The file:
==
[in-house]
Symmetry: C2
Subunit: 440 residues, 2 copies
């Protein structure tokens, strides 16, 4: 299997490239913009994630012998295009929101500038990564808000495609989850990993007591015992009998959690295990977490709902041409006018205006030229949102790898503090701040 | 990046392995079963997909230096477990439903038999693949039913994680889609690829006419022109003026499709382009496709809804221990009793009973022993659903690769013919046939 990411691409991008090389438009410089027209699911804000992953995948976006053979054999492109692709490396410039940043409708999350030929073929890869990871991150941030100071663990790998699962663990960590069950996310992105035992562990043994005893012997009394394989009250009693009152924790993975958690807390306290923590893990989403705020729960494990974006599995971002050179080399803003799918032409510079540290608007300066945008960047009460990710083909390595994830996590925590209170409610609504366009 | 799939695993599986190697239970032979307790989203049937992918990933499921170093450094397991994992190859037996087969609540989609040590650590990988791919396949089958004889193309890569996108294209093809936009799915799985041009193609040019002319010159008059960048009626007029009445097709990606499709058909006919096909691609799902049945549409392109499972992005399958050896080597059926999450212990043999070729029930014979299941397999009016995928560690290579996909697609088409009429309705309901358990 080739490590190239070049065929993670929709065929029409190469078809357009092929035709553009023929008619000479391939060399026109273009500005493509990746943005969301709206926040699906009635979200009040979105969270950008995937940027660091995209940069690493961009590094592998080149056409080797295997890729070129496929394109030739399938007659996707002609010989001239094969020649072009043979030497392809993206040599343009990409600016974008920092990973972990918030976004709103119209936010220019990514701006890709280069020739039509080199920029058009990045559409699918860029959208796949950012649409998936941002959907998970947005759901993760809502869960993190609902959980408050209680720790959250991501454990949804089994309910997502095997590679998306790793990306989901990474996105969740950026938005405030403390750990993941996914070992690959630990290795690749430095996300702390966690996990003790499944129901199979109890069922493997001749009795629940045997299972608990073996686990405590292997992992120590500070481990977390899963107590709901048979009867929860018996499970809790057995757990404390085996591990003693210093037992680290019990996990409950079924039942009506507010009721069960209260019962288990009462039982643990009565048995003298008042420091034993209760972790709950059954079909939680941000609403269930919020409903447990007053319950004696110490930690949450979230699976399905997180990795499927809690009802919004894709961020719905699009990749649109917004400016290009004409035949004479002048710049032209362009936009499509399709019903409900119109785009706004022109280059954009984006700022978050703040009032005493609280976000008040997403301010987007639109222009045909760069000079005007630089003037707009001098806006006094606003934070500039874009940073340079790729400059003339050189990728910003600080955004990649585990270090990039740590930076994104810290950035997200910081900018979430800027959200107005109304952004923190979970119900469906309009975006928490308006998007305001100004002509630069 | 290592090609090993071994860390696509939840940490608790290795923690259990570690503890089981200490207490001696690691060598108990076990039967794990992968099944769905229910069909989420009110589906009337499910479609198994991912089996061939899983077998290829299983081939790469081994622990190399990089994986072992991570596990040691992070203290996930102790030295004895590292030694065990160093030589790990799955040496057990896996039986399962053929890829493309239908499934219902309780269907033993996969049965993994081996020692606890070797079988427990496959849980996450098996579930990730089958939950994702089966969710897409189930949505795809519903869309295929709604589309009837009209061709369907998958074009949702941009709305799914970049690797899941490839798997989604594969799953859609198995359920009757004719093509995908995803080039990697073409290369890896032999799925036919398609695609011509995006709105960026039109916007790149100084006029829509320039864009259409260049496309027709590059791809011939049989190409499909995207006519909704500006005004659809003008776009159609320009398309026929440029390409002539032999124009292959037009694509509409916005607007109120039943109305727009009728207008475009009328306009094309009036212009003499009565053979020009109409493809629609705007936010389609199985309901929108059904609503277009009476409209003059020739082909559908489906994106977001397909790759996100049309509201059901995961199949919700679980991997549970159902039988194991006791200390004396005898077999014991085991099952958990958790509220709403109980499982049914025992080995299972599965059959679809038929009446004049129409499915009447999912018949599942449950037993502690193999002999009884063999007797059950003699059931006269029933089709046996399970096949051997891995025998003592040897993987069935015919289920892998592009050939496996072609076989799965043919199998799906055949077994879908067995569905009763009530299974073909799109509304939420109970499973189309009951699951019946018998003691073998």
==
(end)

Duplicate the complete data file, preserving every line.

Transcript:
[in-house]
Symmetry: C2
Subunit: 440 residues, 2 copies
């Protein structure tokens, strides 16, 4: 299997490239913009994630012998295009929101500038990564808000495609989850990993007591015992009998959690295990977490709902041409006018205006030229949102790898503090701040 | 990046392995079963997909230096477990439903038999693949039913994680889609690829006419022109003026499709382009496709809804221990009793009973022993659903690769013919046939 990411691409991008090389438009410089027209699911804000992953995948976006053979054999492109692709490396410039940043409708999350030929073929890869990871991150941030100071663990790998699962663990960590069950996310992105035992562990043994005893012997009394394989009250009693009152924790993975958690807390306290923590893990989403705020729960494990974006599995971002050179080399803003799918032409510079540290608007300066945008960047009460990710083909390595994830996590925590209170409610609504366009 | 799939695993599986190697239970032979307790989203049937992918990933499921170093450094397991994992190859037996087969609540989609040590650590990988791919396949089958004889193309890569996108294209093809936009799915799985041009193609040019002319010159008059960048009626007029009445097709990606499709058909006919096909691609799902049945549409392109499972992005399958050896080597059926999450212990043999070729029930014979299941397999009016995928560690290579996909697609088409009429309705309901358990 080739490590190239070049065929993670929709065929029409190469078809357009092929035709553009023929008619000479391939060399026109273009500005493509990746943005969301709206926040699906009635979200009040979105969270950008995937940027660091995209940069690493961009590094592998080149056409080797295997890729070129496929394109030739399938007659996707002609010989001239094969020649072009043979030497392809993206040599343009990409600016974008920092990973972990918030976004709103119209936010220019990514701006890709280069020739039509080199920029058009990045559409699918860029959208796949950012649409998936941002959907998970947005759901993760809502869960993190609902959980408050209680720790959250991501454990949804089994309910997502095997590679998306790793990306989901990474996105969740950026938005405030403390750990993941996914070992690959630990290795690749430095996300702390966690996990003790499944129901199979109890069922493997001749009795629940045997299972608990073996686990405590292997992992120590500070481990977390899963107590709901048979009867929860018996499970809790057995757990404390085996591990003693210093037992680290019990996990409950079924039942009506507010009721069960209260019962288990009462039982643990009565048995003298008042420091034993209760972790709950059954079909939680941000609403269930919020409903447990007053319950004696110490930690949450979230699976399905997180990795499927809690009802919004894709961020719905699009990749649109917004400016290009004409035949004479002048710049032209362009936009499509399709019903409900119109785009706004022109280059954009984006700022978050703040009032005493609280976000008040997403301010987007639109222009045909760069000079005007630089003037707009001098806006006094606003934070500039874009940073340079790729400059003339050189990728910003600080955004990649585990270090990039740590930076994104810290950035997200910081900018979430800027959200107005109304952004923190979970119900469906309009975006928490308006998007305001100004002509630069 | 290592090609090993071994860390696509939840940490608790290795923690259990570690503890089981200490207490001696690691060598108990076990039967794990992968099944769905229910069909989420009110589906009337499910479609198994991912089996061939899983077998290829299983081939790469081994622990190399990089994986072992991570596990040691992070203290996930102790030295004895590292030694065990160093030589790990799955040496057990896996039986399962053929890829493309239908499934219902309780269907033993996969049965993994081996020692606890070797079988427990496959849980996450098996579930990730089958939950994702089966969710897409189930949505795809519903869309295929709604589309009837009209061709369907998958074009949702941009709305799914970049690797899941490839798997989604594969799953859609198995359920009757004719093509995908995803080039990697073409290369890896032999799925036919398609695609011509995006709105960026039109916007790149100084006029829509320039864009259409260049496309027709590059791809011939049989190409499909995207006519909704500006005004659809003008776009159609320009398309026929440029390409002539032999124009292959037009694509509409916005607007109120039943109305727009009728207008475009009328306009094309009036212009003499009565053979020009109409493809629609705007936010389609199985309901929108059904609503277009009476409209003059020739082909559908489906994106977001397909790759996100049309509201059901995961199949919700679980991997549970159902039988194991006791200390004396005898077999014991085991099952958990958790509220709403109980499982049914025992080995299972599965059959679809038929009446004049129409499915009447999912018949599942449950037993502690193999002999009884063999007797059950003699059931006269029933089709046996399970096949051997891995025998003592040897993987069935015919289920892998592009050939496996072609076989799965043919199998799906055949077994879908067995569905009763009530299974073909799109509304939420109970499973189309009951699951019946018998003691073998």